Chinese tech entrepreneurs go on global offensive

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Tech entrepreneur Rosie Zhang is betting that the reopening of China’s borders to the world will jump-start growth for her start-up.

“Now we can go out and sell,” she said, after three years spent during the pandemic pitching customers and teaching them how to use her company’s retail automation technology over video calls from Shanghai.

Zhang is one of a growing number of Chinese tech founders, who, even at a time of rising geopolitical tensions, are turning their sights outward. Tepid economic growth and fierce competition are one reason they are looking outside of China. Beijing’s tech crackdown and “common prosperity” drive targeting the country’s business magnates have also sapped their confidence in their home market.

“Chinese entrepreneurs face intense competition at home and an uncertain business environment, so it makes sense many are looking at opportunities abroad,” said Huan Li, an investor at start-up accelerator Plug and Play.

The growing success of China’s leading tech and industrial groups in global markets is also providing encouragement. Ecommerce platforms Shein and Temu are inundating the US with $7 dresses and $3 backpacks sourced from mainland factories. TikTok is hogging more and more of the screen time of 1bn global users, while sales by electric vehicle makers such as BYD are pushing China towards the top of global auto export tables.

Zhang’s company Cloudpick offers a computer vision system that can turn any small convenience store into an Amazon Go-like experience for shoppers. With 60 per cent of the group’s 500 customer locations in China, Zhang is leading a renewed push to automate checkouts outside the country.

“China is highly competitive — software and hardware companies have to constantly cut costs, reduce profit margins and increase efficiency to remain viable, but the trial by fire naturally provides an advantage when entering overseas markets,” Zhang said. “If you can survive here you can make it anywhere.”

Founders in innovation hubs such as Beijing and Shenzhen say foreign customers are more willing to pay for tech that speeds up their business processes or automates functions. They are also less likely to haggle over prices.

The difficulty of selling software in China was partly behind Allen Liu’s decision to target foreign customers with his company’s foray into Software as a Service (SaaS). The WaterWheel Network online platform enables data centres and others to farm out computing power to AI companies training large language models.

“Global customers are more willing to pay for services. It’s easier,” he said. “Our old business in China is not growing very fast but it’s stable, giving us the opportunity to expand into emerging overseas markets.”

With battle-hardened Chinese entrepreneurs increasingly setting their sights abroad in emerging fields such as AI, the kind of pressure TikTok’s rise put on Facebook may soon be felt across the tech spectrum.

Zhang said Cloudpick could price their offering below its main competitors from the US and Israel. Qian Huang, founder of Passive Edge, said his start-up had a similar edge, with pricing at about half that of British and German competitors. The group, which sells thermal batteries for heating, is targeting sales in Europe where electricity prices have skyrocketed, he said.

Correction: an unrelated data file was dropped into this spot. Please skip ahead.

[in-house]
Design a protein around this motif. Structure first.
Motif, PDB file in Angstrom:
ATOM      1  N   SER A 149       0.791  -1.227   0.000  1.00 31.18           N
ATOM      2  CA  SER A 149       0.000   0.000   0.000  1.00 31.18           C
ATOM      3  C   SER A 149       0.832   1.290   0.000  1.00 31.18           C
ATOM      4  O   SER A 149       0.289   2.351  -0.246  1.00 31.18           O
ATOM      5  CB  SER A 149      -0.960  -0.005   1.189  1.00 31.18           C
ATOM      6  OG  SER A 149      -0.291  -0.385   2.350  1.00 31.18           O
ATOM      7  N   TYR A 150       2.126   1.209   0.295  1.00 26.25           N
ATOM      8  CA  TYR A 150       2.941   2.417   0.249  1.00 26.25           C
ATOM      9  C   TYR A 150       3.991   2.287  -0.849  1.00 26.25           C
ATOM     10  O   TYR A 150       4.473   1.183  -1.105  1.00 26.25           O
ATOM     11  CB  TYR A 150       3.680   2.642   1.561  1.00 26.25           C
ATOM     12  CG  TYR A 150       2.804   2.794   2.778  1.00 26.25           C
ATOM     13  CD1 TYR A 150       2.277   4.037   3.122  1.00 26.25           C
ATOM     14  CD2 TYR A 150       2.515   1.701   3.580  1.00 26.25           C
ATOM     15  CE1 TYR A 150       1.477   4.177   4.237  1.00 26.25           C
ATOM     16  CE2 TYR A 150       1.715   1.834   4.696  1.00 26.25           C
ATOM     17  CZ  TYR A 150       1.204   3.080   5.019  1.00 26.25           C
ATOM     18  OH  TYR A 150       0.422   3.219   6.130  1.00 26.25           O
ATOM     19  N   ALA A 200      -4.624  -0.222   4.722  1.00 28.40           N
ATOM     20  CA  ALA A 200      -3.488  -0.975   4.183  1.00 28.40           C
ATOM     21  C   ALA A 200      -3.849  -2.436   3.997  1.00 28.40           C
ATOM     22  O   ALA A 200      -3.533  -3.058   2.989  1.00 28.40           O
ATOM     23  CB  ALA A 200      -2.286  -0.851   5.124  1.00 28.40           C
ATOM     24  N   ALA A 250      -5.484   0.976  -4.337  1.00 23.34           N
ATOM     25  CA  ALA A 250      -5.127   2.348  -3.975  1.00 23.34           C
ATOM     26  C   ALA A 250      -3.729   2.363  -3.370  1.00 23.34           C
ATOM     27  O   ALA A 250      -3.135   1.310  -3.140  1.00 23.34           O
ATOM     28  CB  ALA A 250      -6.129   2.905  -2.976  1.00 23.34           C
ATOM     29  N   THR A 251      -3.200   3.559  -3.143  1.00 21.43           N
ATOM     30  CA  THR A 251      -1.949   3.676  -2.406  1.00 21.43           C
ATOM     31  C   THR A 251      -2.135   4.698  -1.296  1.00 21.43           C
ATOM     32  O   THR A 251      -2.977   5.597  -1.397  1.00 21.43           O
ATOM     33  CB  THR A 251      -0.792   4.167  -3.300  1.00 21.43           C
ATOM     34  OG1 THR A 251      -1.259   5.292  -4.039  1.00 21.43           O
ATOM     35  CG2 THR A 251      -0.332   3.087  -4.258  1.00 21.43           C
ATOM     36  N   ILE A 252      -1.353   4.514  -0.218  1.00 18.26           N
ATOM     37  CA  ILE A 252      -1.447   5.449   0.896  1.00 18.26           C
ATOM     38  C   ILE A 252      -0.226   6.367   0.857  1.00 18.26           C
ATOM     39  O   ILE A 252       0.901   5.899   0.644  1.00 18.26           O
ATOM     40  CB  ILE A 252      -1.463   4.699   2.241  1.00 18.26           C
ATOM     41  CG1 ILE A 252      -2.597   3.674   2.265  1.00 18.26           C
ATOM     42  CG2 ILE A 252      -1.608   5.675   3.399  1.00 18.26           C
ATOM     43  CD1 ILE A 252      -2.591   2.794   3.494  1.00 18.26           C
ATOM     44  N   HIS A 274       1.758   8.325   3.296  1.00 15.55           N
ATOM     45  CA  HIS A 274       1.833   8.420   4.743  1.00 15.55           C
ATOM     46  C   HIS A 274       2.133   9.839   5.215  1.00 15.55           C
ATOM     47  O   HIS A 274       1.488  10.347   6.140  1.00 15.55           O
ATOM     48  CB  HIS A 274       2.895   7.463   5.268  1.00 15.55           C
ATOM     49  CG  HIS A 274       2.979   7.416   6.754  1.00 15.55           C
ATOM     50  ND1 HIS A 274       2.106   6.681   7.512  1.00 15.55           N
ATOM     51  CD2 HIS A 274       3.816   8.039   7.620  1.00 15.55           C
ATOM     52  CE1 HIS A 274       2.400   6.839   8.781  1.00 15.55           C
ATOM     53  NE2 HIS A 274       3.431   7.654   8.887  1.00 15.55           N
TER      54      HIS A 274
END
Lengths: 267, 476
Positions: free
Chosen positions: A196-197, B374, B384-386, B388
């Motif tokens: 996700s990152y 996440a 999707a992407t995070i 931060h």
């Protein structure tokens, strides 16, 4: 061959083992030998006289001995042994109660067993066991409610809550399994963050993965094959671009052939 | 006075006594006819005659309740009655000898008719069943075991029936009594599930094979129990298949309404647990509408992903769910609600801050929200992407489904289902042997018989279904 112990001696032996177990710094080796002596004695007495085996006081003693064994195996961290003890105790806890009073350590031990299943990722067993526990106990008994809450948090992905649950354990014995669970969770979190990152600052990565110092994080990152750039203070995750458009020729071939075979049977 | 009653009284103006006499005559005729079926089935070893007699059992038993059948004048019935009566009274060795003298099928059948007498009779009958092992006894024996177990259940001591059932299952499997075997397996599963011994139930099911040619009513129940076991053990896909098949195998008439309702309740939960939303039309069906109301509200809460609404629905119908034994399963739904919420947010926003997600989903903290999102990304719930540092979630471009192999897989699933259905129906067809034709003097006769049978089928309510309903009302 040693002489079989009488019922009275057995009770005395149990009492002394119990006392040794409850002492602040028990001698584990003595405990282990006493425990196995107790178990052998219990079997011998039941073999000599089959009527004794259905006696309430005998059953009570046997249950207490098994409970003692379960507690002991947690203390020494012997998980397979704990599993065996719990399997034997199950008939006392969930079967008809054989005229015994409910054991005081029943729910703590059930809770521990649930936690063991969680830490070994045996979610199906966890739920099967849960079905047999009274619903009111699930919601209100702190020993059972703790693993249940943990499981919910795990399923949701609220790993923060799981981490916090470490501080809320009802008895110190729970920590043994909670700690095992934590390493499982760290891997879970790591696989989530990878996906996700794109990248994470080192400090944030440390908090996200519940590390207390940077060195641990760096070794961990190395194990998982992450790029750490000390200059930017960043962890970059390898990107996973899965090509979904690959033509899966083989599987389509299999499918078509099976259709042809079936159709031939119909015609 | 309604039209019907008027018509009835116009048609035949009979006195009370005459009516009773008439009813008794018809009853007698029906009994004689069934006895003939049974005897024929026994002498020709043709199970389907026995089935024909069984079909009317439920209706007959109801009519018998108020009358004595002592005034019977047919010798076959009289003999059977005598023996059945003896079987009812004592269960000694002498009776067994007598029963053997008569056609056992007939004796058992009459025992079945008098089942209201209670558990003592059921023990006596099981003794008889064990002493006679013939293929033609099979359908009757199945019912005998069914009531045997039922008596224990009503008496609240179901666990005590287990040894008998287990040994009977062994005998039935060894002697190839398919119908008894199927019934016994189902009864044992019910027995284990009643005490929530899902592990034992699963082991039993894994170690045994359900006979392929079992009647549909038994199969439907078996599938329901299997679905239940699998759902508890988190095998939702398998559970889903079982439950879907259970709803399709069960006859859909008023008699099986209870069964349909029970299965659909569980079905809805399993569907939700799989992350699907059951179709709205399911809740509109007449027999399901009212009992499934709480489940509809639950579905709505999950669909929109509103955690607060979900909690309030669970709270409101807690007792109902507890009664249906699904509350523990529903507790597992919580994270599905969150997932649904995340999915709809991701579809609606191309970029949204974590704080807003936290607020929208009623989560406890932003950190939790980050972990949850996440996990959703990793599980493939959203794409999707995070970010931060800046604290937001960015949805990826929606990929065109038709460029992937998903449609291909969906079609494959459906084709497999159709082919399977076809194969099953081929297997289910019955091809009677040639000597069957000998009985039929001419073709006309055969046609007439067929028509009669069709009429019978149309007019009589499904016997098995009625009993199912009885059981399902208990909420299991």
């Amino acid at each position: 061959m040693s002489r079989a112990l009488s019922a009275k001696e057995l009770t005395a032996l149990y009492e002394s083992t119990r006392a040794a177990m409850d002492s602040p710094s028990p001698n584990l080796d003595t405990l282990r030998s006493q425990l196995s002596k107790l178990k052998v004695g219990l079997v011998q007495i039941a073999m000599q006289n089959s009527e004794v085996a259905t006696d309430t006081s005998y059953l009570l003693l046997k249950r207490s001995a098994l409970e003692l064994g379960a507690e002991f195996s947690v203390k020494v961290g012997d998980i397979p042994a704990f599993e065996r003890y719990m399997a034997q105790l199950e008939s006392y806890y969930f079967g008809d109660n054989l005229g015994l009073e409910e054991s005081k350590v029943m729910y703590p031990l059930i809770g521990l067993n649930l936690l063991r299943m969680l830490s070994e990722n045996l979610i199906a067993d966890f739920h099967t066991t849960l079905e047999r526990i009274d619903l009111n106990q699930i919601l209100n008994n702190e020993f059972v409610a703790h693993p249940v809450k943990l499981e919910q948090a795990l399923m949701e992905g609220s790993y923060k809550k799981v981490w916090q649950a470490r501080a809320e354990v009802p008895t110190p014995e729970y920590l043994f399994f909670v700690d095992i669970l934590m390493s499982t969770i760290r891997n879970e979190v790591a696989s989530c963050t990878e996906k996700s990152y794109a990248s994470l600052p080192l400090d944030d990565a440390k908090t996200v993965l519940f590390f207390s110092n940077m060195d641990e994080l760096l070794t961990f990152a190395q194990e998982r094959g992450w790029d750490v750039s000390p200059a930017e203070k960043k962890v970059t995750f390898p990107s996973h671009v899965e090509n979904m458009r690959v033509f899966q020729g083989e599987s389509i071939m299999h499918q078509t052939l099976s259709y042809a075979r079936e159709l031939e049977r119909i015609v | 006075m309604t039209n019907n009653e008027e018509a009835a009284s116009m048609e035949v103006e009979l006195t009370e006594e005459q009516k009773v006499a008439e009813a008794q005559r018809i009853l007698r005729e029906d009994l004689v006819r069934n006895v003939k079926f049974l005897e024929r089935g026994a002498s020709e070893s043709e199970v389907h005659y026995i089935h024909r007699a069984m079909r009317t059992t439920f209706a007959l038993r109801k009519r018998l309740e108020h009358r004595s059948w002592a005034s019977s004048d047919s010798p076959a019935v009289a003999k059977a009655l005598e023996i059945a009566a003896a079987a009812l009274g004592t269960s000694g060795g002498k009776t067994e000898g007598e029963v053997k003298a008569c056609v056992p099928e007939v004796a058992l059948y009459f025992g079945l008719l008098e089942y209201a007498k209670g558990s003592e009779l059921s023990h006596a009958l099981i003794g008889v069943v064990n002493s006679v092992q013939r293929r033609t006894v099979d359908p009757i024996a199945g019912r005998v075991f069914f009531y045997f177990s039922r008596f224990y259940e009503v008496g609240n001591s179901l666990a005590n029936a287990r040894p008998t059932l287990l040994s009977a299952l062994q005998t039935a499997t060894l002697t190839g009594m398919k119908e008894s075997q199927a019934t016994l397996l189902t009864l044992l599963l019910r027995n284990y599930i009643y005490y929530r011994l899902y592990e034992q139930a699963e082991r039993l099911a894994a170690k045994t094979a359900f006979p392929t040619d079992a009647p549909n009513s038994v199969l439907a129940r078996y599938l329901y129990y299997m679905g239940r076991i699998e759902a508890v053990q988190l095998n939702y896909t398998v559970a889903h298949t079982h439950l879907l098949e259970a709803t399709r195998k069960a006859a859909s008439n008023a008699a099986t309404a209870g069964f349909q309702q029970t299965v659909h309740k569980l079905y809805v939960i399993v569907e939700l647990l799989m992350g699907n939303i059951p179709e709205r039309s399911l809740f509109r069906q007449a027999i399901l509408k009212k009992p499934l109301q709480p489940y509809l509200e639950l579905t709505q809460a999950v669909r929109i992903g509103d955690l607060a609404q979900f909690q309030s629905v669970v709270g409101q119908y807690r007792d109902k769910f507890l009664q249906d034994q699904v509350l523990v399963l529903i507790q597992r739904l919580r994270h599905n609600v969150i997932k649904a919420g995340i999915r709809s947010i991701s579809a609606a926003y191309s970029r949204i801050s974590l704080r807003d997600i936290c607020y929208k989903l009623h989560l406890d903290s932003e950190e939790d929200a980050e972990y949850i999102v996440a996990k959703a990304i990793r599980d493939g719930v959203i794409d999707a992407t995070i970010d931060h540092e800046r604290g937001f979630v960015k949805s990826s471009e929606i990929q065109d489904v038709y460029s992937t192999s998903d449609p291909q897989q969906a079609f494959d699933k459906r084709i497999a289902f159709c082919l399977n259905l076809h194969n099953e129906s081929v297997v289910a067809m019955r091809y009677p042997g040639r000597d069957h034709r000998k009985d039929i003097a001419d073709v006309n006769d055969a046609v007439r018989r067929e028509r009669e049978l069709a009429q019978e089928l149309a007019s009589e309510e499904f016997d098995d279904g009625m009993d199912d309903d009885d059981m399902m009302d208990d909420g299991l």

Wu Houfeng, general manager of Shantou-based Zhengchao Electric, said low prices and localised supply chains would help its electric vehicle chargers gain a foothold in south-east Asia and Oceania, the group’s first target markets.

“Our domestic business allows us to pay the fees for our overseas expansion,” he said.

One handicap they have to overcome is their Chinese origins at a time of increasing geopolitical tensions. Plug and Play investor Li said China’s frictions with the west did complicate foreign expansion for larger groups but that it should be less of a problem for start-ups, particularly as they were not on Beijing’s radar. “Some people worry all Chinese companies are controlled by the government when that’s not the case,” he said.

The larger Chinese groups, such as TikTok and fast fashion house Shein, have taken the lead in attempting to obscure their roots, pioneering the “Singapore-washing” approach of moving some of their company functions to the city state.

TikTok now calls itself a global company with headquarters in Los Angeles and Singapore. The group’s list of nine other global office locations on its website omits mention of any in China, where teams of engineers, product designers and operations people run much of the hit app.

Chinese ecommerce group Pinduoduo recently deleted mentions of China from its new app Temu hawking cheap goods to Americans. Temu’s website in April erased “Pinduoduo” and “China” from its origin story and now claims: “Temu was founded in Boston, Massachusetts in 2022.” 

TikTok said it had thousands of employees in Singapore including its chief executive. Pinduoduo did not respond to a request for comment.

Danny Tao, head of Dongguan-based ePropulsion, said originating in China had advantages and disadvantages. Being situated in the heart of China’s electric vehicle supply chain had helped his company turn into one of the world’s leading makers of electric motors for boats.

However, being Chinese also made selling overseas more challenging, he admitted. “We are trying to build a global brand that doesn’t remind people of China,” he said.

“We won’t deny our Chinese roots. If someone asks me where our products are designed and made, I’ll say China, but there is no need to emphasise our Chinese identity.”

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